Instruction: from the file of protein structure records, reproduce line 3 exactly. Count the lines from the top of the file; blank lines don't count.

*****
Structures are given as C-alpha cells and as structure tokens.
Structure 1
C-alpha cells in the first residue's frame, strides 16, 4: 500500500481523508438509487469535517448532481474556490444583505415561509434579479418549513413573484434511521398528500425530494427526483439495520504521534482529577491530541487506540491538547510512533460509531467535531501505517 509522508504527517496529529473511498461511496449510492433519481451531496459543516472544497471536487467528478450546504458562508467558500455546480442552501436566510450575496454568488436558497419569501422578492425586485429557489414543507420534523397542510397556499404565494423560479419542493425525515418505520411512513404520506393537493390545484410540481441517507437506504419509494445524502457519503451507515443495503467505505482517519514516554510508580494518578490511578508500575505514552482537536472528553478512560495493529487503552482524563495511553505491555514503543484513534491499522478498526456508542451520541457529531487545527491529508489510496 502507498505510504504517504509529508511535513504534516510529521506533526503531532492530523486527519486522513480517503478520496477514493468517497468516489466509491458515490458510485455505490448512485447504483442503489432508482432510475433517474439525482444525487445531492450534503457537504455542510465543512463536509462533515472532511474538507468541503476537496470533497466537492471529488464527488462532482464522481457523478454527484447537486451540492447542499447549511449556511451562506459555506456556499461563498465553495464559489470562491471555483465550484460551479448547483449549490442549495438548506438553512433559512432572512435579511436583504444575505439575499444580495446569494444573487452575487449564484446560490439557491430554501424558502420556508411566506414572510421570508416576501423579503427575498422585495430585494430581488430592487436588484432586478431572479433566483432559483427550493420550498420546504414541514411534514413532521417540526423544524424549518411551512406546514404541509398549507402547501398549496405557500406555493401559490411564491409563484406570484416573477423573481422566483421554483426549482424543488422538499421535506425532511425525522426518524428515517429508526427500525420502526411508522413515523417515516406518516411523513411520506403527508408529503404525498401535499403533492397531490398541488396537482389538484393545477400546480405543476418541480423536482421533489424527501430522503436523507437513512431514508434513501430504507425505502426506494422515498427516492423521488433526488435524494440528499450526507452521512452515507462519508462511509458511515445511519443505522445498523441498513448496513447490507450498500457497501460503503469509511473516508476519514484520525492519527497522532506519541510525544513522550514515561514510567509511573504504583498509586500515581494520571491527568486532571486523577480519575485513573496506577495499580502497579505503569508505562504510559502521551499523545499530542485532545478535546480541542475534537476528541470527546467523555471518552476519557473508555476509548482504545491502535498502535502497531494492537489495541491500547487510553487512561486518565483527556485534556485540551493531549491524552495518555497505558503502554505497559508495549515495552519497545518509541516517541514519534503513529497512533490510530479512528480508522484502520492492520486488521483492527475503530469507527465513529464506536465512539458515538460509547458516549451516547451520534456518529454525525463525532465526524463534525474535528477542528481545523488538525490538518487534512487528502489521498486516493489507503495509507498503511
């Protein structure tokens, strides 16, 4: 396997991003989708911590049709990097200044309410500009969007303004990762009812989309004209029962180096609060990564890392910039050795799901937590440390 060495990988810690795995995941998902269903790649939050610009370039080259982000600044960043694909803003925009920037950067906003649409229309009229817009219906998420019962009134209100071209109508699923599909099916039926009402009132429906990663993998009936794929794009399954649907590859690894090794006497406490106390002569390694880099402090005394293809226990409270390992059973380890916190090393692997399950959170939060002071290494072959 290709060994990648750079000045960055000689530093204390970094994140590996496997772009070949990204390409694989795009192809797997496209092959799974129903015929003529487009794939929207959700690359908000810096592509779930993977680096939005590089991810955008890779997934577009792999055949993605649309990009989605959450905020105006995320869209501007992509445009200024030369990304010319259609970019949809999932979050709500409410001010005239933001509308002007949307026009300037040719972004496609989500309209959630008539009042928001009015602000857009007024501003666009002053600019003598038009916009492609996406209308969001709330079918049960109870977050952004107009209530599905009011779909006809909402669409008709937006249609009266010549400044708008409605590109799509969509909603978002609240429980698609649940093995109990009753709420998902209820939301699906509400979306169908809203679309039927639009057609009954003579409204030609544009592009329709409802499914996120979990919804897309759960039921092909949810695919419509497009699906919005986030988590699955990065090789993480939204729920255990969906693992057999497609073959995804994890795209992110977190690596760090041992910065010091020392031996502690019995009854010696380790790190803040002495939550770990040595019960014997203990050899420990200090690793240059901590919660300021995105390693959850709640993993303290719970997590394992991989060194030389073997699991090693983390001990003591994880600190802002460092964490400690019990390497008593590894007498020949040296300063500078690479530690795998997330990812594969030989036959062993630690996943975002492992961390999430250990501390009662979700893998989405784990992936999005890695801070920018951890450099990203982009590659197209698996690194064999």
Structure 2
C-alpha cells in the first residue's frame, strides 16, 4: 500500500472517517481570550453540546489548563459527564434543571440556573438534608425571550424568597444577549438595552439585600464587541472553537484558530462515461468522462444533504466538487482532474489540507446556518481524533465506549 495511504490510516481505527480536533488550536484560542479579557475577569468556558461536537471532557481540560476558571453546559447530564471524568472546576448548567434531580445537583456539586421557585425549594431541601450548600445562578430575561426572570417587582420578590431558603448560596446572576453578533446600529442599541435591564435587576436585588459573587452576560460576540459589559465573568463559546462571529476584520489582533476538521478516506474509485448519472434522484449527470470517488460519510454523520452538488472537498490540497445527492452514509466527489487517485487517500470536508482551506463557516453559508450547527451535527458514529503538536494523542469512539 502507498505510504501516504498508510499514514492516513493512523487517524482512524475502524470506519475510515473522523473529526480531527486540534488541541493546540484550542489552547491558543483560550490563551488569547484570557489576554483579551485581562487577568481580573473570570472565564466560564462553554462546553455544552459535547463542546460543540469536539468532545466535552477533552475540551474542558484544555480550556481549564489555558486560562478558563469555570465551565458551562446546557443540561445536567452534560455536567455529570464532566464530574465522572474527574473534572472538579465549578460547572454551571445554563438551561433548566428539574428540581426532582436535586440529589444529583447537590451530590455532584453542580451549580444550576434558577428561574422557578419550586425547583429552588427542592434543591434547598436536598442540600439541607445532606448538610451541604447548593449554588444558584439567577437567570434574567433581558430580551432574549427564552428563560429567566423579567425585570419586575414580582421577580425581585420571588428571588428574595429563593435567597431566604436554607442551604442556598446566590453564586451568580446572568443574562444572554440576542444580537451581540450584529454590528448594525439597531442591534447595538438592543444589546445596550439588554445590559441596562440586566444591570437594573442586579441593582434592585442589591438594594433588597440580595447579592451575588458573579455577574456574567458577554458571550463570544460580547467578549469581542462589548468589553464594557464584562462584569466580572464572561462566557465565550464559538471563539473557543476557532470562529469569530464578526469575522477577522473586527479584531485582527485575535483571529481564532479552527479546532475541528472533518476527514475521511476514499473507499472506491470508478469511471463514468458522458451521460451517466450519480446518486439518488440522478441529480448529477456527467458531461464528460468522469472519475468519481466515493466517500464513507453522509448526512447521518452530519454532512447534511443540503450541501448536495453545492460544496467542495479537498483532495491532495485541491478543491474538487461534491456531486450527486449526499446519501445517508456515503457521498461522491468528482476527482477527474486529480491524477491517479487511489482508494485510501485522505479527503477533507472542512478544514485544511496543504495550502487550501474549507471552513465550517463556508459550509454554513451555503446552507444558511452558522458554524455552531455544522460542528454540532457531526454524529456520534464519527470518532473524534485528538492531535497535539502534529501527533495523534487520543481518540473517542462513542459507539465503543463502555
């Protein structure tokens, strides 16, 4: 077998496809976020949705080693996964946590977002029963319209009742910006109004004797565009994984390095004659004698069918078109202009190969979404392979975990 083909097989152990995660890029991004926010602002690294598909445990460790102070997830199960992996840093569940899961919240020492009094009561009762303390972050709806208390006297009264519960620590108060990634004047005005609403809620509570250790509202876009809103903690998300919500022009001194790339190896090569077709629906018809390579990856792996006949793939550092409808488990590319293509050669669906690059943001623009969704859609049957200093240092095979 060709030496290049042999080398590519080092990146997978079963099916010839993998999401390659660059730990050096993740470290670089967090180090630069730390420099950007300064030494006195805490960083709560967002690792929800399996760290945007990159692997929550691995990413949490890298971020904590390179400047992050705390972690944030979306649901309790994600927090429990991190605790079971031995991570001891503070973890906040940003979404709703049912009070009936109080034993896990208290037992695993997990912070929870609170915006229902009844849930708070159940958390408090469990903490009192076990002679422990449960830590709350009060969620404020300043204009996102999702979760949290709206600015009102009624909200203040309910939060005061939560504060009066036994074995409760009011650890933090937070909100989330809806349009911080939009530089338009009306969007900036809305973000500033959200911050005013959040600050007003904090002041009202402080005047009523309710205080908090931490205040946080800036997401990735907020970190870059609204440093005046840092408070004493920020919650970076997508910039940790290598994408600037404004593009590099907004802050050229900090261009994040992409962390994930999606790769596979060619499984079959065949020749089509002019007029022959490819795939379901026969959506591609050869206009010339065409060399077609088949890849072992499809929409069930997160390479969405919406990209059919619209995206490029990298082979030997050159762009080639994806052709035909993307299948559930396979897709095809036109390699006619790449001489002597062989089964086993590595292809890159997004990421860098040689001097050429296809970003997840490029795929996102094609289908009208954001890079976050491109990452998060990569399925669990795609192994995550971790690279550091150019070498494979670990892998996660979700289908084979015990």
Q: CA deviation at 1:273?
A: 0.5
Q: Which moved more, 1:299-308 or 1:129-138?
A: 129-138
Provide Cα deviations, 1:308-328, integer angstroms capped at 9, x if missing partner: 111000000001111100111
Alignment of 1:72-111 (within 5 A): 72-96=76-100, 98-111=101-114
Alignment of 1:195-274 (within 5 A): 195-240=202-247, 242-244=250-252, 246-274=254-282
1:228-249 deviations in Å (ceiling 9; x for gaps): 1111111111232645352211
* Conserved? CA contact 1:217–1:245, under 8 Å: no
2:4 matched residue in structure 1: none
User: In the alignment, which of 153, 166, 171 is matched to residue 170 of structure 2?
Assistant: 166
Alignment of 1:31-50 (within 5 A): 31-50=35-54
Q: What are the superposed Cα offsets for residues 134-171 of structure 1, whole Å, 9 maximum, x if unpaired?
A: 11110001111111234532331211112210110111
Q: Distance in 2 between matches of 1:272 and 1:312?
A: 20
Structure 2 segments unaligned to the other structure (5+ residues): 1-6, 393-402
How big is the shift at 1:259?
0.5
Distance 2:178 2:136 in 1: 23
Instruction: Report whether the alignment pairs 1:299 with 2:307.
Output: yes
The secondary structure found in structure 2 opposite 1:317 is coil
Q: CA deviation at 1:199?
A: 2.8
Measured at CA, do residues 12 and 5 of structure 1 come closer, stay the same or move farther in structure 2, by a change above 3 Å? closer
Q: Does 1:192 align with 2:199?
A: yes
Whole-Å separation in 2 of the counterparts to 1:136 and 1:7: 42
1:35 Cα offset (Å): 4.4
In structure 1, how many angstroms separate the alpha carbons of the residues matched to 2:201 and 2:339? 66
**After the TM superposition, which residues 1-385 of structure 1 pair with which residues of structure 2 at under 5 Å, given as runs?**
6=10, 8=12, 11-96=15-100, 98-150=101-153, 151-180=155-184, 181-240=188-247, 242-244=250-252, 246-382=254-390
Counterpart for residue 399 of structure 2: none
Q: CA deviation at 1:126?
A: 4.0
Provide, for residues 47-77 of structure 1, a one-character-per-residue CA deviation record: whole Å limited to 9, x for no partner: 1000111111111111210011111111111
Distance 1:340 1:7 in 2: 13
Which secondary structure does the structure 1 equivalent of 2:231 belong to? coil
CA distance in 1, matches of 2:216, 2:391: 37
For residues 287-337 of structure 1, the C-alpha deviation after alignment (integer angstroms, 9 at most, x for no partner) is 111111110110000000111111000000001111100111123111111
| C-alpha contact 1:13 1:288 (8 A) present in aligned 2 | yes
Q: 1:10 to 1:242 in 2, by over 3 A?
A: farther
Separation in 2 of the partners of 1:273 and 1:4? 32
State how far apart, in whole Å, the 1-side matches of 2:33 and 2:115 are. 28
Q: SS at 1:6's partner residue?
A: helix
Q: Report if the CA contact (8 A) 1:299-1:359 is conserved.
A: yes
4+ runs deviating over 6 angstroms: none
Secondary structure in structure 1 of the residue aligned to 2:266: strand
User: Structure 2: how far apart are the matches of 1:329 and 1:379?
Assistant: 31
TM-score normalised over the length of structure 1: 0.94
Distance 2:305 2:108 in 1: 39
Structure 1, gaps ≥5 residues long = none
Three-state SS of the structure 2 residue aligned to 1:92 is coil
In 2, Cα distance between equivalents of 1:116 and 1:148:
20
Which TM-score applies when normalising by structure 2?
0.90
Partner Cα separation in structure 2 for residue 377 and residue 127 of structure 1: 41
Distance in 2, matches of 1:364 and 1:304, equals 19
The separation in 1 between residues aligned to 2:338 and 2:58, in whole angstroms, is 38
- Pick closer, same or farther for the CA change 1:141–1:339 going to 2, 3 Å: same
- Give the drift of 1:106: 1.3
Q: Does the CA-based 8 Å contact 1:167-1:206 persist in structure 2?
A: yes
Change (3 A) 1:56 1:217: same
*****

C-alpha cells in the first residue's frame, strides 16, 4: 500500500481523508438509487469535517448532481474556490444583505415561509434579479418549513413573484434511521398528500425530494427526483439495520504521534482529577491530541487506540491538547510512533460509531467535531501505517 509522508504527517496529529473511498461511496449510492433519481451531496459543516472544497471536487467528478450546504458562508467558500455546480442552501436566510450575496454568488436558497419569501422578492425586485429557489414543507420534523397542510397556499404565494423560479419542493425525515418505520411512513404520506393537493390545484410540481441517507437506504419509494445524502457519503451507515443495503467505505482517519514516554510508580494518578490511578508500575505514552482537536472528553478512560495493529487503552482524563495511553505491555514503543484513534491499522478498526456508542451520541457529531487545527491529508489510496 502507498505510504504517504509529508511535513504534516510529521506533526503531532492530523486527519486522513480517503478520496477514493468517497468516489466509491458515490458510485455505490448512485447504483442503489432508482432510475433517474439525482444525487445531492450534503457537504455542510465543512463536509462533515472532511474538507468541503476537496470533497466537492471529488464527488462532482464522481457523478454527484447537486451540492447542499447549511449556511451562506459555506456556499461563498465553495464559489470562491471555483465550484460551479448547483449549490442549495438548506438553512433559512432572512435579511436583504444575505439575499444580495446569494444573487452575487449564484446560490439557491430554501424558502420556508411566506414572510421570508416576501423579503427575498422585495430585494430581488430592487436588484432586478431572479433566483432559483427550493420550498420546504414541514411534514413532521417540526423544524424549518411551512406546514404541509398549507402547501398549496405557500406555493401559490411564491409563484406570484416573477423573481422566483421554483426549482424543488422538499421535506425532511425525522426518524428515517429508526427500525420502526411508522413515523417515516406518516411523513411520506403527508408529503404525498401535499403533492397531490398541488396537482389538484393545477400546480405543476418541480423536482421533489424527501430522503436523507437513512431514508434513501430504507425505502426506494422515498427516492423521488433526488435524494440528499450526507452521512452515507462519508462511509458511515445511519443505522445498523441498513448496513447490507450498500457497501460503503469509511473516508476519514484520525492519527497522532506519541510525544513522550514515561514510567509511573504504583498509586500515581494520571491527568486532571486523577480519575485513573496506577495499580502497579505503569508505562504510559502521551499523545499530542485532545478535546480541542475534537476528541470527546467523555471518552476519557473508555476509548482504545491502535498502535502497531494492537489495541491500547487510553487512561486518565483527556485534556485540551493531549491524552495518555497505558503502554505497559508495549515495552519497545518509541516517541514519534503513529497512533490510530479512528480508522484502520492492520486488521483492527475503530469507527465513529464506536465512539458515538460509547458516549451516547451520534456518529454525525463525532465526524463534525474535528477542528481545523488538525490538518487534512487528502489521498486516493489507503495509507498503511